Queens’ Law

The right words give your voice power

My name is Tyesha Smith. I am currently in law school, working toward a JD and beyond. Writing is an outlet of creativity that allows me to showcase not only my opinion, but the voice I have in this world.

This blog will explore a variety of topics through my perspective. I’m writing on love, religion, Blackness and whatever else falls in between the lines. I’ll incorporate the law, personal observations and experience to give you a view through my lenses.

I hope you enjoy, but if you don’t, remember, “argue with your mama, not me.”

Love and the Battlefield

A new look at love

It seems this topic came to me on purpose with it being so close to Valentine’s day, but I assure you it’s a coincidence. But now is a greater time than any to finally combine the major holiday of February, Valentine’s day, with what February is dedicated to, Black History Month. I’ve recently discovered the television show Underground. It’s a show that reenacts the slavery period following enslaved Black folks as they fight and run for their freedom. I couldn’t help but notice the relationships portrayed in the show, the romantic relationships that is. The character Zeake was married and his wife drowned their baby because she didn’t want the child to have to grow up in slavery. As angry as he was with her, when he heard the master (which is a very difficult term for me to use referring to the white man) was selling his wife off the land, he broke the buyer’s wagon and one of the guard’s noses to hug his wife one last time. Characters Rosalee and Noah became mesmerized with each other across the plantation and their love grew deeper as they journeyed through the underground railroad. Moses and Pearly Mae’s love continued even beyond their shallow graves. Watching their relationship dynamics made me wonder about the role of love during slavery. How vital was it to survival? I realized that even trying times don’t stop the heart from yearning for attention. In fact, trying times may be when you yearn the most.

Falling in love wasn’t a distraction from their desire for freedom, rather it served as motivation to keep heading its way. Love, marriage, and family filled their souls with hope of something better. There wasn’t even any legal protocol for them to get married yet they loved each other enough to create their own tradition, jumping the broom. This was easily the most brutal experience of their lives. On the one hand you wonder how anybody could get through that alone. On the other hand you wonder how anyone could open their heart to love another person when being exposed to hate daily, hourly. When they allowed themselves to love and be loved, that union cultivated a blessing of new life. Relationships between children and parents were delicate and perplexing. There were instances where mothers rid their children to spare them the detriment of slavery, being considered less than a human being. Then there were those who had the courage to bear their children and used them as incentive to fight for freedom. In a way, love was a symbol of freedom.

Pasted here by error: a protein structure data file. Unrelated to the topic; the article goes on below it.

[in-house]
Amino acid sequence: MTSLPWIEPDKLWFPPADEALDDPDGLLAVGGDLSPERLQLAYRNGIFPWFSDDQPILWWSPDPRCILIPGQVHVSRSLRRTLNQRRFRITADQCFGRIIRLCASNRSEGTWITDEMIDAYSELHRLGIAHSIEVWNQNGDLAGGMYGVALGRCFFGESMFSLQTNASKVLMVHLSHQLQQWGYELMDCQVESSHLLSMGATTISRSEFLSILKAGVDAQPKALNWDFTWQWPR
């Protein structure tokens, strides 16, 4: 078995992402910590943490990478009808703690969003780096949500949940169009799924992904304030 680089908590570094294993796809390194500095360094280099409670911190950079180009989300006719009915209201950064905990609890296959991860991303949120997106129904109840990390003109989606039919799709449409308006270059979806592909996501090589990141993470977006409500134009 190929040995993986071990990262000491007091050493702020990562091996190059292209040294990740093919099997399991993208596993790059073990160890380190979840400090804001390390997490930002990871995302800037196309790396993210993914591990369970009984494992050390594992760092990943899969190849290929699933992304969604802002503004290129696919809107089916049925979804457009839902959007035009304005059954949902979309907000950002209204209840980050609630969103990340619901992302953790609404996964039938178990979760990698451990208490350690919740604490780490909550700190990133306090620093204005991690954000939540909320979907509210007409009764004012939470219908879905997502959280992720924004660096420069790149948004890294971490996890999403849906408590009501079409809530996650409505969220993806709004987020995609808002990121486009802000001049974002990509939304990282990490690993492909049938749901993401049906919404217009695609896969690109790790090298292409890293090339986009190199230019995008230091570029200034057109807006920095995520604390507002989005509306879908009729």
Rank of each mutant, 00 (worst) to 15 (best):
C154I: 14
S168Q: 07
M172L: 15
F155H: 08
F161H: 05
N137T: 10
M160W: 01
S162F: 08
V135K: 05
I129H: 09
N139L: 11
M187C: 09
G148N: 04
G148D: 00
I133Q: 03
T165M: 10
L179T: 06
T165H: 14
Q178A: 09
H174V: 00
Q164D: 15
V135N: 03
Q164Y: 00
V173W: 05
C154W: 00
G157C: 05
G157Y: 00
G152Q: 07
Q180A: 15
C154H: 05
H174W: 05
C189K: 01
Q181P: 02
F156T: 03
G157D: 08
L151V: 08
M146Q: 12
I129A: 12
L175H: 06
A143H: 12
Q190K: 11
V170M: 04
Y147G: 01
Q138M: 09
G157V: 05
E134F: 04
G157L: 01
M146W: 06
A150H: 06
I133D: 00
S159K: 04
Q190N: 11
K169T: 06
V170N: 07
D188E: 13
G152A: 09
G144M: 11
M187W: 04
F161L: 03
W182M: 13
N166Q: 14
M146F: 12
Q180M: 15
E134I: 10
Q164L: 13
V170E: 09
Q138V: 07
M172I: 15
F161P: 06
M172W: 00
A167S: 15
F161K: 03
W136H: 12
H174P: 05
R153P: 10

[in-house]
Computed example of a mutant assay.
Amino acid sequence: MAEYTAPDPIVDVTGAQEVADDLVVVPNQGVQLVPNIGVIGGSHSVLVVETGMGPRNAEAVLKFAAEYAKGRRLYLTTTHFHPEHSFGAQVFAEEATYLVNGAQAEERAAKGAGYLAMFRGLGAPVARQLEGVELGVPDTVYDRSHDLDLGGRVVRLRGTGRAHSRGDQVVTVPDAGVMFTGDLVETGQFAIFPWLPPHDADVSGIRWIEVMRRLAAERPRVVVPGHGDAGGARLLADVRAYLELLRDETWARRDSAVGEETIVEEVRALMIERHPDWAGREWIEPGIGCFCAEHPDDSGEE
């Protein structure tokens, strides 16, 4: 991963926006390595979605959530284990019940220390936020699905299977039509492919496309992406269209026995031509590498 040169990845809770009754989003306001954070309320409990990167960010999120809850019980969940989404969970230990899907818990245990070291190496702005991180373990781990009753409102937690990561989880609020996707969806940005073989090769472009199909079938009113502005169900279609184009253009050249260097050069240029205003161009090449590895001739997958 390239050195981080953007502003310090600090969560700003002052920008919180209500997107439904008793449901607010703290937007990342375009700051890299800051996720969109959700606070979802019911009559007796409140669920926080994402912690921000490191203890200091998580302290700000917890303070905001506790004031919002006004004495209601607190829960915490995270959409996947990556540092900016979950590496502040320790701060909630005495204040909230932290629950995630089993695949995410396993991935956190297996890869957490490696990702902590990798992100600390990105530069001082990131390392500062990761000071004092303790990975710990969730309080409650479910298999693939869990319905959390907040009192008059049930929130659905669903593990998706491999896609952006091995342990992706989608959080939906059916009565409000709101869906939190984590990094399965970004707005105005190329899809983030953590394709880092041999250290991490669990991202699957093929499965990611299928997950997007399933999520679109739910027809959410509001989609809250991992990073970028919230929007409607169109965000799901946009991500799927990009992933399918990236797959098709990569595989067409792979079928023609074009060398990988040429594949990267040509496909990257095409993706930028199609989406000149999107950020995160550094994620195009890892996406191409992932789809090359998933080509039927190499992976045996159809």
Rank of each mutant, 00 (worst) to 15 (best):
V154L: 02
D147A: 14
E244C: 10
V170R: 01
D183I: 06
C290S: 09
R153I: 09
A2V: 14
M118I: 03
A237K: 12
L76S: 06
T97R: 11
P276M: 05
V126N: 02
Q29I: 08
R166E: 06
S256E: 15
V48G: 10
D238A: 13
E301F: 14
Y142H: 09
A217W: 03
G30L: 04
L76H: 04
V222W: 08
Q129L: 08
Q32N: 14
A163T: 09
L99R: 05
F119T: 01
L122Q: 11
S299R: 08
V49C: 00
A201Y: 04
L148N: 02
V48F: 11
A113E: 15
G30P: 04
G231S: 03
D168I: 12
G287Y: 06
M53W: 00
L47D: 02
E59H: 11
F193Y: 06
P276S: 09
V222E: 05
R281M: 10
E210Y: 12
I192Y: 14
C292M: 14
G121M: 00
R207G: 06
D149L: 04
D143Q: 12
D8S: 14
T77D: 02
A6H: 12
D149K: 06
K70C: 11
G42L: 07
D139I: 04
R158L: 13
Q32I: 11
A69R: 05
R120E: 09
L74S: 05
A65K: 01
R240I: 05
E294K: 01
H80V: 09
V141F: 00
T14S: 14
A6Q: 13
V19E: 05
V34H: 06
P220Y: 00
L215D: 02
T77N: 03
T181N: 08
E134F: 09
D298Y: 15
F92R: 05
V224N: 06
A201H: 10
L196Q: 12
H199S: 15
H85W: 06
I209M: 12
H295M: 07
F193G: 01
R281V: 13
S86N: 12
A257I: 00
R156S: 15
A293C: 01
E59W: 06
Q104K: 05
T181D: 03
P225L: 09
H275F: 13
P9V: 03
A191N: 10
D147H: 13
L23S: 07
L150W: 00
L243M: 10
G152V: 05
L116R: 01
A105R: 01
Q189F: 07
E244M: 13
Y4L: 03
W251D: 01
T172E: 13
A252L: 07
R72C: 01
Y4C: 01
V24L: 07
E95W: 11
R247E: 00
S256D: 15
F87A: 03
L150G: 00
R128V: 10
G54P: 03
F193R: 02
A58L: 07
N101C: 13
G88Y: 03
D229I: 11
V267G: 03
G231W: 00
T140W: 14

Viewing love from their perspective makes me reimagine what love means to me. Instead of looking at love as a leech that sucks all the common sense out of women and some men, perhaps I should view love, real love as an asset. It’s rare to find but a blessing when it finds you. Having a partner to journey through life with you should be like having a lifeboat and not hitting an iceberg. Find someone who doesn’t add to your burdens, but helps relieve them. Personally, I want a man I can escape with, or rather let our love be an escape from my reality. Our bubble of bliss will, hopefully, blossom into our reality. There will be difficulties, but our affection for each other will help us overcome any obstacle together. Then our love will manifest into human form for us to nurture into soulful beings. I’m not looking for anything easy. I’m looking for something beautiful.